Orange County, California, 16th November 2022, ZEXPRWIRE, Medical studies are rigorous and stressful, and 16% of enrolled students drop out. Becoming a physician is highly esteemed and lucrative, but it requires hard work and dedication to get through the entire program. In a recent webinar, Dr. Bindra, a renowned private practice pediatrician, shared his insights on how medical students and residency trainees can study effectively and achieve their goals. He noted that students could prevent burnout and become better doctors with the right studying methods.
Dr. Bindra noted that using music as a stress reducer was one of his most effective methods during medical school and residency. This is backed by numerous studies showing that music can help lower stress, including school-related stress. With a clear mind, students can easily grasp what they learn. Music also helps students process emotions, strengthen their resolve and provides an uplifting effect that can help them accept, manage and deal better with mental health issues like exam anxiety.
Another technique that Dr. Bindra emphasized is game playing. Dr. Bindra advised that games are a great way to improve study results because they help enhance memory. As a lover of games himself, Dr. Bindra created a quiz show during his residency using the Jeopardy game show format. It was a short 20-minute game that helped other residents and students easily grasp difficult concepts.
After Dr. Bindra graduated from residency, the chief resident asked him to come back and to perform this game show for all the residents at their noon conference.
Dr. Bindra expanded upon the Jeopardy format game and he presented this on a regular basis, helping residents prepare for and pass the medical board examination. With this game, he could help the CHOC residents and make a presentation to his colleagues. The game was similar to Jeopardy, but with questions that were likely to appear on the Pediatric Board exam.
To make it more fun, Dr. Bindra created some unique categories over time. They included a category called “Smush” that he adapted from another television game show. In this category, Dr. Bindra offered the residents two clues that would have a word or syllable in common. One clue was a pop culture reference, and the other was a medical condition. The residents needed to know the answer to both clues and then needed to combine/smush the clues together. Here is an example from one of the games:
Clue 1: This writer/poet penned “The Raven,”
Clue 2: The Congenital unilateral absence of the anterior ribs, muscle, and soft tissues.
The response to the first part: Edgar Allan Poe, and the second part: Poland’s syndrome. The correct answer is Edgar Allan “Poeland’s” syndrome.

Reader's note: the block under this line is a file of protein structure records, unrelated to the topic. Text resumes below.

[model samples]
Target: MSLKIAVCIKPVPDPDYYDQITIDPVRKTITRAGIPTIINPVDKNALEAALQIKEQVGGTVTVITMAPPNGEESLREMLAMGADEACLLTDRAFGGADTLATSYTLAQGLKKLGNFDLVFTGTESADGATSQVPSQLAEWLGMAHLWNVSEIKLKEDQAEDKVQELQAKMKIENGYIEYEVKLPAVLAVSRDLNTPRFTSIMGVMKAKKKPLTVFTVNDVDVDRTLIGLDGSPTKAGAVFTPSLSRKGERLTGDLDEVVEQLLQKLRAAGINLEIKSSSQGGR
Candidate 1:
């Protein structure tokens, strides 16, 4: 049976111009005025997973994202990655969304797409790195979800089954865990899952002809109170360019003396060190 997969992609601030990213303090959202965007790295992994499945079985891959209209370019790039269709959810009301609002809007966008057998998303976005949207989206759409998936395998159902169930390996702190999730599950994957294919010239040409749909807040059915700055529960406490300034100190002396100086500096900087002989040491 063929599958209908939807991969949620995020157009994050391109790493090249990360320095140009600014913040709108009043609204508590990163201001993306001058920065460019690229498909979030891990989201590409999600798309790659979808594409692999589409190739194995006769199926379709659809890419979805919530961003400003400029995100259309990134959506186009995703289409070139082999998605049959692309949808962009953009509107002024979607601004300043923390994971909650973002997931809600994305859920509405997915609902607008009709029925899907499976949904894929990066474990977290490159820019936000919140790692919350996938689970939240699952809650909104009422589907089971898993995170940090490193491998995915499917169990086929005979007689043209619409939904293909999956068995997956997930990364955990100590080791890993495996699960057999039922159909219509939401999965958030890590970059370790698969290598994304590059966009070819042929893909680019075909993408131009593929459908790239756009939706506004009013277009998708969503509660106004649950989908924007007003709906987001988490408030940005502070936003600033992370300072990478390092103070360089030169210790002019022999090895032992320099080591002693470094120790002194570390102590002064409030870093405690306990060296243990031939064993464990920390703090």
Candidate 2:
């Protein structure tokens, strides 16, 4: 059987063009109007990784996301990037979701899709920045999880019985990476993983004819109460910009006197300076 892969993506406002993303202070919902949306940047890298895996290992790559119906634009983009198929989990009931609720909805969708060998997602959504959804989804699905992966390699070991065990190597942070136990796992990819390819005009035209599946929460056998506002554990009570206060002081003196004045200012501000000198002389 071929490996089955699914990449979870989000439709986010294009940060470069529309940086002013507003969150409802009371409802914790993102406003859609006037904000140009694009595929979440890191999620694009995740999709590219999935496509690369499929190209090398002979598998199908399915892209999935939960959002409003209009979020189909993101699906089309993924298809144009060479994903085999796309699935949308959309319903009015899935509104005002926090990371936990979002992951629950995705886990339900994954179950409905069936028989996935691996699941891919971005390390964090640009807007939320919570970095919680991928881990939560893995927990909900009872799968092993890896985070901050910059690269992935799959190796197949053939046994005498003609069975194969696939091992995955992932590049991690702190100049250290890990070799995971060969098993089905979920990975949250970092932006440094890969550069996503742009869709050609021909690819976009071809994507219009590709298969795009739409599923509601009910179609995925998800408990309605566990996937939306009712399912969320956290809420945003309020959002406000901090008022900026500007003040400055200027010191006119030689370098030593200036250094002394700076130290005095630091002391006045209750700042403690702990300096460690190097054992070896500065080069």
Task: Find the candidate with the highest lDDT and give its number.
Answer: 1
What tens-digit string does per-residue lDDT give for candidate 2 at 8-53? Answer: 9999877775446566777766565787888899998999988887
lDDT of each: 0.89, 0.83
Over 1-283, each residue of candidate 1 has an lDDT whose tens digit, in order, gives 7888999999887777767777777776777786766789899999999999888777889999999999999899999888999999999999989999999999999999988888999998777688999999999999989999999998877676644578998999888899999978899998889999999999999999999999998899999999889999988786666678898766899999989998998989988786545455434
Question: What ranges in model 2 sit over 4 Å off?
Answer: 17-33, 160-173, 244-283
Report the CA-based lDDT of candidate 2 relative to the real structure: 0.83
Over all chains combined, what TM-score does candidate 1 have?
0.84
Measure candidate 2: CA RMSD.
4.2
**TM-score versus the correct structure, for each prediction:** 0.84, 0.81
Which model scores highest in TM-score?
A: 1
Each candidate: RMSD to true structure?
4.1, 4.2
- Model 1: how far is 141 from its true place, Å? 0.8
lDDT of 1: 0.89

Dr. Roger Bindra also emphasized the need to stay organized and have a study plan. Medical school involves a lot of information, and it can be easy to get overwhelmed. Taking the time to get organized will set you up nicely and help you achieve your learning goals. To get more organized, Dr. Bindra advised students to invest in organizational apps and use them to keep track of current assignments and deadlines. He also suggested bringing all the materials and devices they need to class for them to participate fully in class. He added that students could stay on top of their studies and succeed with a good study plan. Most importantly, he advised students to break up their study sessions over days instead of trying to study everything in one sitting and to avoid last-minute “cramming” for exams. He further added that a proactive approach would also help clear out any uncertainties and help students get any extra help they may need.
Dr. Bindra is a well-respected private practice pediatrician with decades of experience in the field. He is well educated and holds a degree in Biochemistry from U.C. Davis, where he graduated with the highest honors and earned membership in the Phi Kappa Phi Honor Society. He was a 1994 graduate of the UC Davis School of Medicine and completed his residency training at Children’s Hospital of Orange County in 1997. He received his initial board certification in 1997. He has served as a regular lecturer for the CHOC residency program. He has been a member of the organizing committee for the Orange County American Lung Association’s annual asthma camp for many years. He has extensive experience in asthma and allergy and enjoys performing magic tricks for his patients. He believes that all children have different needs and prioritizes partnering with patients and their families to provide the best care and service. Given his experience in medical school and residency, his expertise in effective studying will go a long way in keeping children safe. Dr. Bindra has received many awards based on his accomplishments, including the Castle Connolly Top Doctors award 2012-2016, the Patient’s Choice award, and the Compassionate Doctor Recognition Award.